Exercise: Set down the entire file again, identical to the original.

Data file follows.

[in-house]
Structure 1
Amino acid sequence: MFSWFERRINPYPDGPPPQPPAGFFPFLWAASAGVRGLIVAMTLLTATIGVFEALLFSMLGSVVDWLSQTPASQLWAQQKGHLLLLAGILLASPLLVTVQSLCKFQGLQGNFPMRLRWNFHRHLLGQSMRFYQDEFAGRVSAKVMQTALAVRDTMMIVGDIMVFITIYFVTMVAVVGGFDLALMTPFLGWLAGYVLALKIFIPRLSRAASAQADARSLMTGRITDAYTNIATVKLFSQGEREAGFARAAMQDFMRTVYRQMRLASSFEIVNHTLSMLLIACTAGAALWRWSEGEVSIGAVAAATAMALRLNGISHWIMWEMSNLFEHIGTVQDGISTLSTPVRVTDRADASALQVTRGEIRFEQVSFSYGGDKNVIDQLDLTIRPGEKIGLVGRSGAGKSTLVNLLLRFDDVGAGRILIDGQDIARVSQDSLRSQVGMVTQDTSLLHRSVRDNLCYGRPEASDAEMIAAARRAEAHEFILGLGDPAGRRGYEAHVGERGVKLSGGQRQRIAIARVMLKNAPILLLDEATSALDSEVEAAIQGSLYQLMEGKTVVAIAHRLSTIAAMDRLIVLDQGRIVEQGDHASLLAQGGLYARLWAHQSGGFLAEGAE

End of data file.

[in-house]
Structure 1
Amino acid sequence: MFSWFERRINPYPDGPPPQPPAGFFPFLWAASAGVRGLIVAMTLLTATIGVFEALLFSMLGSVVDWLSQTPASQLWAQQKGHLLLLAGILLASPLLVTVQSLCKFQGLQGNFPMRLRWNFHRHLLGQSMRFYQDEFAGRVSAKVMQTALAVRDTMMIVGDIMVFITIYFVTMVAVVGGFDLALMTPFLGWLAGYVLALKIFIPRLSRAASAQADARSLMTGRITDAYTNIATVKLFSQGEREAGFARAAMQDFMRTVYRQMRLASSFEIVNHTLSMLLIACTAGAALWRWSEGEVSIGAVAAATAMALRLNGISHWIMWEMSNLFEHIGTVQDGISTLSTPVRVTDRADASALQVTRGEIRFEQVSFSYGGDKNVIDQLDLTIRPGEKIGLVGRSGAGKSTLVNLLLRFDDVGAGRILIDGQDIARVSQDSLRSQVGMVTQDTSLLHRSVRDNLCYGRPEASDAEMIAAARRAEAHEFILGLGDPAGRRGYEAHVGERGVKLSGGQRQRIAIARVMLKNAPILLLDEATSALDSEVEAAIQGSLYQLMEGKTVVAIAHRLSTIAAMDRLIVLDQGRIVEQGDHASLLAQGGLYARLWAHQSGGFLAEGAE